Thursday, March 04, 2010

Conquering Time, or Notice that He Wasn't Called Alexander the Late

Time. Why does it seem that there is never quite enough of it? These days I have so many different areas of life that want snippets of my time, which makes me feel a bit like Bessus after he met Alexander*--pulled in too many directions. And like Bessus, sometimes the end result is painful. Worse, I suppose, is to be paralyzed by all the demands on my time. I frequently see that defect in my students, where they become immobilized by the quantity of choices: what should my thesis be? Which piece of art do I submit? Which college do I choose? Which hamburger do I pick?

Oh wait, that last stumper would be the one that plagues me.

I'm not denying the importance of some of the decisions--it's just that some aren't as life changing as others. And some of those decisions just affect our time. Do I stop to read the early history of Bactria? Is it essential to my knowledge of Alexander? Or would it just be an enjoyable diversion? Too many choices, too few hours.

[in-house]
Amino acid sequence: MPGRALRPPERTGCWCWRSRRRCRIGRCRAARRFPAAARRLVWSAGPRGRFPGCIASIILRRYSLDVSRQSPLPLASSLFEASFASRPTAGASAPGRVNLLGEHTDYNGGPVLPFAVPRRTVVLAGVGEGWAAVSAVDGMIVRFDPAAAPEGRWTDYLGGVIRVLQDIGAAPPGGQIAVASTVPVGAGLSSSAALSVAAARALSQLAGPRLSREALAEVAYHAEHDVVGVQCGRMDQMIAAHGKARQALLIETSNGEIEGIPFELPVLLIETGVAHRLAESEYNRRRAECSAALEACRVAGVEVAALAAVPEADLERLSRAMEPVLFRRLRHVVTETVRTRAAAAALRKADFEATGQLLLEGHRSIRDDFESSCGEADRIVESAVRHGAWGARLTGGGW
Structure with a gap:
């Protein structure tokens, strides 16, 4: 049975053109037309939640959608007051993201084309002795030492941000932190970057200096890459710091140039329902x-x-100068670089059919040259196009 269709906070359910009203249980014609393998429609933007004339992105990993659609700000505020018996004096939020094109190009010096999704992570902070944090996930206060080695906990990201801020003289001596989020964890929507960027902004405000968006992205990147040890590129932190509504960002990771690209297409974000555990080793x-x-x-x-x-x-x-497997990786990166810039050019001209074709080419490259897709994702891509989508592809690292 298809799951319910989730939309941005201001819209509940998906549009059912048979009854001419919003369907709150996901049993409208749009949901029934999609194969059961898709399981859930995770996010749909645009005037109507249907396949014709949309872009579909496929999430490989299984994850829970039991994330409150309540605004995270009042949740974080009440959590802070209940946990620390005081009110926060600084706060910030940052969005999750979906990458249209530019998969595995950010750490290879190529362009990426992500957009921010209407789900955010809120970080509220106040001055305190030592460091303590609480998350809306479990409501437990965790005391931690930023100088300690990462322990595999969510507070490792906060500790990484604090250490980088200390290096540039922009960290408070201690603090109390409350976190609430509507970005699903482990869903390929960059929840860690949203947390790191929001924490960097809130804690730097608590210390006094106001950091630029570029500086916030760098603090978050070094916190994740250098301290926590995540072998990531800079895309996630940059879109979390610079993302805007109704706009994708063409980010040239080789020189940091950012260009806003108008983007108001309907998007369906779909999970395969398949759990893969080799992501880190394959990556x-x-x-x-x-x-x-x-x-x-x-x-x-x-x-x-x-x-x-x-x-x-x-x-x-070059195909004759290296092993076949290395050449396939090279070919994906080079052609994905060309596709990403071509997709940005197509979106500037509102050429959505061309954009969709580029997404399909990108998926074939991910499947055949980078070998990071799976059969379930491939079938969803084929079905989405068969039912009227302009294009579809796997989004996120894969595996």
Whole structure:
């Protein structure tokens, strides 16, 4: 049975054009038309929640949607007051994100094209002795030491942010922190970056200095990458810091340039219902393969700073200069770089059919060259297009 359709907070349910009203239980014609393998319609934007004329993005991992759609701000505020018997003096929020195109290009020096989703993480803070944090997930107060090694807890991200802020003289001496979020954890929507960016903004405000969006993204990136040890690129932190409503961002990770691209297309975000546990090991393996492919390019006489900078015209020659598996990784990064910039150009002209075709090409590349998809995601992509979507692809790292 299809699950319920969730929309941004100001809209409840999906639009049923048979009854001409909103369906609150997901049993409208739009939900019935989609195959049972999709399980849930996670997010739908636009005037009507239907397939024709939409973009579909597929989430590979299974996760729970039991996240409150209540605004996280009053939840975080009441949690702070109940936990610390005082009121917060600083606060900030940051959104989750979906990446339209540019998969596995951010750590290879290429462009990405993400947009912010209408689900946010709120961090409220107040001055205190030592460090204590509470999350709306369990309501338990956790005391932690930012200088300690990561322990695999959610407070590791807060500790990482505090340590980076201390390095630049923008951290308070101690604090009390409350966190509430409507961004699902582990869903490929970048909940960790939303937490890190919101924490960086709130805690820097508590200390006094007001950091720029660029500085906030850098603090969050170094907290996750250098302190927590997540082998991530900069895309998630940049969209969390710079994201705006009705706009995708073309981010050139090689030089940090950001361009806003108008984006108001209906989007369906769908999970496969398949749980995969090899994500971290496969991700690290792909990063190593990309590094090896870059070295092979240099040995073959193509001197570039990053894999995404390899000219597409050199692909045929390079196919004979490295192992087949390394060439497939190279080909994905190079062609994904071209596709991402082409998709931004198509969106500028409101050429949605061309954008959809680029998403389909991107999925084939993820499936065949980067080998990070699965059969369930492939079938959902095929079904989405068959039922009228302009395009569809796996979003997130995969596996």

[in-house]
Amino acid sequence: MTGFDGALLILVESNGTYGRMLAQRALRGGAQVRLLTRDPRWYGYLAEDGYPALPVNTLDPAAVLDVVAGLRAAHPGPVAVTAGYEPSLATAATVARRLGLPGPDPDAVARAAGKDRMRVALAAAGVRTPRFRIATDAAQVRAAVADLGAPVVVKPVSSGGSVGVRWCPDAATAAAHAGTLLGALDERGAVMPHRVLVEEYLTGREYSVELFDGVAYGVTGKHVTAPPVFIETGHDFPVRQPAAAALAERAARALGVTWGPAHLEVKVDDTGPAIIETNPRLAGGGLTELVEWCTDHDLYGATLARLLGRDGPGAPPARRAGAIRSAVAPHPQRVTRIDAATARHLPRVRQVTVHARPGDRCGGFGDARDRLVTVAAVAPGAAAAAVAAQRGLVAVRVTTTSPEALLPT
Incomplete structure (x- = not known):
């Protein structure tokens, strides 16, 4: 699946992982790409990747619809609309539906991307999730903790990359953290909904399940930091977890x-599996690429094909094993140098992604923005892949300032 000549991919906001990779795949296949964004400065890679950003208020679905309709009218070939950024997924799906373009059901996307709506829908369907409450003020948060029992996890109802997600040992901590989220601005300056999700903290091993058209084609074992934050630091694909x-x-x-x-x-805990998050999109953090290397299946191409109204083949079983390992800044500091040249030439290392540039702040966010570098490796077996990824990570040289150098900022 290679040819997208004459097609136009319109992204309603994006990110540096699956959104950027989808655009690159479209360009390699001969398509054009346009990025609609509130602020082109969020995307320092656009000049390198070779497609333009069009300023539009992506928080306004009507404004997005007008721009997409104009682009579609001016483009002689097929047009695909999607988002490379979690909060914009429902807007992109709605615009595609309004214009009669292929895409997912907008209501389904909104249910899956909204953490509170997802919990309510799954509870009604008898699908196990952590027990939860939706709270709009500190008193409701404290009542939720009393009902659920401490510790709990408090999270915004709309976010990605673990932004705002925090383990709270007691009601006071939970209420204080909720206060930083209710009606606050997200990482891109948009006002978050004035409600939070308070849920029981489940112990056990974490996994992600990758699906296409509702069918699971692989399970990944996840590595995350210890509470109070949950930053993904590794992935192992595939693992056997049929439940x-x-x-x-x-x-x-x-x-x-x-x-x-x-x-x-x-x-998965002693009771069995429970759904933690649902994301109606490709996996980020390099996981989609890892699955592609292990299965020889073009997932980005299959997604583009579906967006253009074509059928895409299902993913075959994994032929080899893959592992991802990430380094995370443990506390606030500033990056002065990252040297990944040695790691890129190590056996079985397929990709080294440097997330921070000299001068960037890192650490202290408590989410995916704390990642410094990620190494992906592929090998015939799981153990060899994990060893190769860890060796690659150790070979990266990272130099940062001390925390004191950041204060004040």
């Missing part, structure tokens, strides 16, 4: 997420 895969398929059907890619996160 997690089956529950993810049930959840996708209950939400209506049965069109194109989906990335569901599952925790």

Even my normal night owl routine is wearing thin, leaving me thinking that proskynesis may not be such a bad thing, if it just meant I could catch a few extra winks. How long will it take me to draw that horse example for class? How many maps of ancient empires do I need to look at before I find the one I need? Does my family really need to eat again tonight?

Yes, I suppose they do. And yes, I should be looking at yet more unhelpful maps in the search for the one that will make everything clear. I suppose part of the reason why there are so many demands on my time is that I care about the quality of the things I set out to accomplish. If I didn't care it would be easy to just take the shortcut. Perhaps it's that restless spirit that wants to explore and share it all, just like the Macedonian king who couldn't be satisfied. At least I don't have to take care of the whole kingdom. There's a greater One who does that.

*That would be in Plutarch's account. Great reading that Plutarch--if I just had more time...

1 comment:

Jenny said...

Very enjoyable blog post my friend. I wish I'd had a teacher like you. Caring, creative, imaginative, dedicated, driven. You probably make your subjects so interesting that the kids actually look forward to class. Imagine that! When are you going to teach creative writing too?